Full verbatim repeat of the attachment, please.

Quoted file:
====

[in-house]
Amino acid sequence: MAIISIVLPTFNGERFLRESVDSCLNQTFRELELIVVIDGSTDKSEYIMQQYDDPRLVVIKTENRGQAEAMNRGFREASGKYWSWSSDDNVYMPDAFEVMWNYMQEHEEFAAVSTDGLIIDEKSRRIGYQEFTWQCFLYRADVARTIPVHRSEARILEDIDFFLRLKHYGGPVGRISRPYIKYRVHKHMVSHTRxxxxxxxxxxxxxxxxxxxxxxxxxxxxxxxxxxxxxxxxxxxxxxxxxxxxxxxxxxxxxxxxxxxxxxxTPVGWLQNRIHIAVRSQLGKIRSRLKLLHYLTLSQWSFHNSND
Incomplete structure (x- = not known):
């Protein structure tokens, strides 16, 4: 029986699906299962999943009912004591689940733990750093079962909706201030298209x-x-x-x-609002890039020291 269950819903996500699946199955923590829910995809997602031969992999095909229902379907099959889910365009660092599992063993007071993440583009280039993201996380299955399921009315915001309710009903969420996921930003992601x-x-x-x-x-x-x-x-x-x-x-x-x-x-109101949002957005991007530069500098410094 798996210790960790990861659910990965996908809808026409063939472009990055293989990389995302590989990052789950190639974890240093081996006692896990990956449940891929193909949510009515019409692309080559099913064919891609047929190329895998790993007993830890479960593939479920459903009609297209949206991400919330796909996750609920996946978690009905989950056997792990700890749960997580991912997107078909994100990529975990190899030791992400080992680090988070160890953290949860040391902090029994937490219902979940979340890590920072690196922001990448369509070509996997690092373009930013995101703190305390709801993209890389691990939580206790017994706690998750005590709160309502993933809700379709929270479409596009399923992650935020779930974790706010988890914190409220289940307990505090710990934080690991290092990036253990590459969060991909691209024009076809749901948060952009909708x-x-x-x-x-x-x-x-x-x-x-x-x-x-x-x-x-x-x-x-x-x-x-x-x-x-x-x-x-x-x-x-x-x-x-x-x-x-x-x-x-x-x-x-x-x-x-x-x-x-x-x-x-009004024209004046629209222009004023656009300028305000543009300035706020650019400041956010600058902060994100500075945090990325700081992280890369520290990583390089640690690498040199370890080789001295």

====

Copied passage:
[in-house]
Amino acid sequence: MAIISIVLPTFNGERFLRESVDSCLNQTFRELELIVVIDGSTDKSEYIMQQYDDPRLVVIKTENRGQAEAMNRGFREASGKYWSWSSDDNVYMPDAFEVMWNYMQEHEEFAAVSTDGLIIDEKSRRIGYQEFTWQCFLYRADVARTIPVHRSEARILEDIDFFLRLKHYGGPVGRISRPYIKYRVHKHMVSHTRxxxxxxxxxxxxxxxxxxxxxxxxxxxxxxxxxxxxxxxxxxxxxxxxxxxxxxxxxxxxxxxxxxxxxxxTPVGWLQNRIHIAVRSQLGKIRSRLKLLHYLTLSQWSFHNSND
Incomplete structure (x- = not known):
């Protein structure tokens, strides 16, 4: 029986699906299962999943009912004591689940733990750093079962909706201030298209x-x-x-x-609002890039020291 269950819903996500699946199955923590829910995809997602031969992999095909229902379907099959889910365009660092599992063993007071993440583009280039993201996380299955399921009315915001309710009903969420996921930003992601x-x-x-x-x-x-x-x-x-x-x-x-x-x-109101949002957005991007530069500098410094 798996210790960790990861659910990965996908809808026409063939472009990055293989990389995302590989990052789950190639974890240093081996006692896990990956449940891929193909949510009515019409692309080559099913064919891609047929190329895998790993007993830890479960593939479920459903009609297209949206991400919330796909996750609920996946978690009905989950056997792990700890749960997580991912997107078909994100990529975990190899030791992400080992680090988070160890953290949860040391902090029994937490219902979940979340890590920072690196922001990448369509070509996997690092373009930013995101703190305390709801993209890389691990939580206790017994706690998750005590709160309502993933809700379709929270479409596009399923992650935020779930974790706010988890914190409220289940307990505090710990934080690991290092990036253990590459969060991909691209024009076809749901948060952009909708x-x-x-x-x-x-x-x-x-x-x-x-x-x-x-x-x-x-x-x-x-x-x-x-x-x-x-x-x-x-x-x-x-x-x-x-x-x-x-x-x-x-x-x-x-x-x-x-x-x-x-x-x-009004024209004046629209222009004023656009300028305000543009300035706020650019400041956010600058902060994100500075945090990325700081992280890369520290990583390089640690690498040199370890080789001295």